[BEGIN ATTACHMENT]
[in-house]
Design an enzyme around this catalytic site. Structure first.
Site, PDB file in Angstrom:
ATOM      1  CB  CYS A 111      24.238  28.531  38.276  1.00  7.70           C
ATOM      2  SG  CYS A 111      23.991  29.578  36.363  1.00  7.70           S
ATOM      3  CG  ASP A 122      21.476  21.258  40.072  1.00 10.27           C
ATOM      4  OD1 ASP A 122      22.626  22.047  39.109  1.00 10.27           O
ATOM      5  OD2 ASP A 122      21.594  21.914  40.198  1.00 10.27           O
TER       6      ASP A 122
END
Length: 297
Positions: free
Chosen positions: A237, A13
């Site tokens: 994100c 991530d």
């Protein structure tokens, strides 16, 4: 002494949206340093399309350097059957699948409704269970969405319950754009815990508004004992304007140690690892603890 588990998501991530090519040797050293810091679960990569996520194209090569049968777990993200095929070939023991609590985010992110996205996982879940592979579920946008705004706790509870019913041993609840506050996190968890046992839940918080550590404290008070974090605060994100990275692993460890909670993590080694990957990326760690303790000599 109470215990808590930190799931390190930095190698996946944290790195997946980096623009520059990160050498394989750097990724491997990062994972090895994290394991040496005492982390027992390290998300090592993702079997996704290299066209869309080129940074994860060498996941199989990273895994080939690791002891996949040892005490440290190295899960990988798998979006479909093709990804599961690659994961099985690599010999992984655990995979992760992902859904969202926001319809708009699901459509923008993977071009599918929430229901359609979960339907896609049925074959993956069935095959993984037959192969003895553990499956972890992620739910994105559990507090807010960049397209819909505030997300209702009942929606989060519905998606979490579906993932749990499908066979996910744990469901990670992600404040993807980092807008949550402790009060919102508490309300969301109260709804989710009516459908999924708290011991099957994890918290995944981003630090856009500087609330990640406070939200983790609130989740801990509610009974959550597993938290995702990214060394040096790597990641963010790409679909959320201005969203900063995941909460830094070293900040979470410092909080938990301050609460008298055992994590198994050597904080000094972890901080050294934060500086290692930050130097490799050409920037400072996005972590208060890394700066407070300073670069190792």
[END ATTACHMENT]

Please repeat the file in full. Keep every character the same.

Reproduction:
[in-house]
Design an enzyme around this catalytic site. Structure first.
Site, PDB file in Angstrom:
ATOM      1  CB  CYS A 111      24.238  28.531  38.276  1.00  7.70           C
ATOM      2  SG  CYS A 111      23.991  29.578  36.363  1.00  7.70           S
ATOM      3  CG  ASP A 122      21.476  21.258  40.072  1.00 10.27           C
ATOM      4  OD1 ASP A 122      22.626  22.047  39.109  1.00 10.27           O
ATOM      5  OD2 ASP A 122      21.594  21.914  40.198  1.00 10.27           O
TER       6      ASP A 122
END
Length: 297
Positions: free
Chosen positions: A237, A13
């Site tokens: 994100c 991530d």
């Protein structure tokens, strides 16, 4: 002494949206340093399309350097059957699948409704269970969405319950754009815990508004004992304007140690690892603890 588990998501991530090519040797050293810091679960990569996520194209090569049968777990993200095929070939023991609590985010992110996205996982879940592979579920946008705004706790509870019913041993609840506050996190968890046992839940918080550590404290008070974090605060994100990275692993460890909670993590080694990957990326760690303790000599 109470215990808590930190799931390190930095190698996946944290790195997946980096623009520059990160050498394989750097990724491997990062994972090895994290394991040496005492982390027992390290998300090592993702079997996704290299066209869309080129940074994860060498996941199989990273895994080939690791002891996949040892005490440290190295899960990988798998979006479909093709990804599961690659994961099985690599010999992984655990995979992760992902859904969202926001319809708009699901459509923008993977071009599918929430229901359609979960339907896609049925074959993956069935095959993984037959192969003895553990499956972890992620739910994105559990507090807010960049397209819909505030997300209702009942929606989060519905998606979490579906993932749990499908066979996910744990469901990670992600404040993807980092807008949550402790009060919102508490309300969301109260709804989710009516459908999924708290011991099957994890918290995944981003630090856009500087609330990640406070939200983790609130989740801990509610009974959550597993938290995702990214060394040096790597990641963010790409679909959320201005969203900063995941909460830094070293900040979470410092909080938990301050609460008298055992994590198994050597904080000094972890901080050294934060500086290692930050130097490799050409920037400072996005972590208060890394700066407070300073670069190792």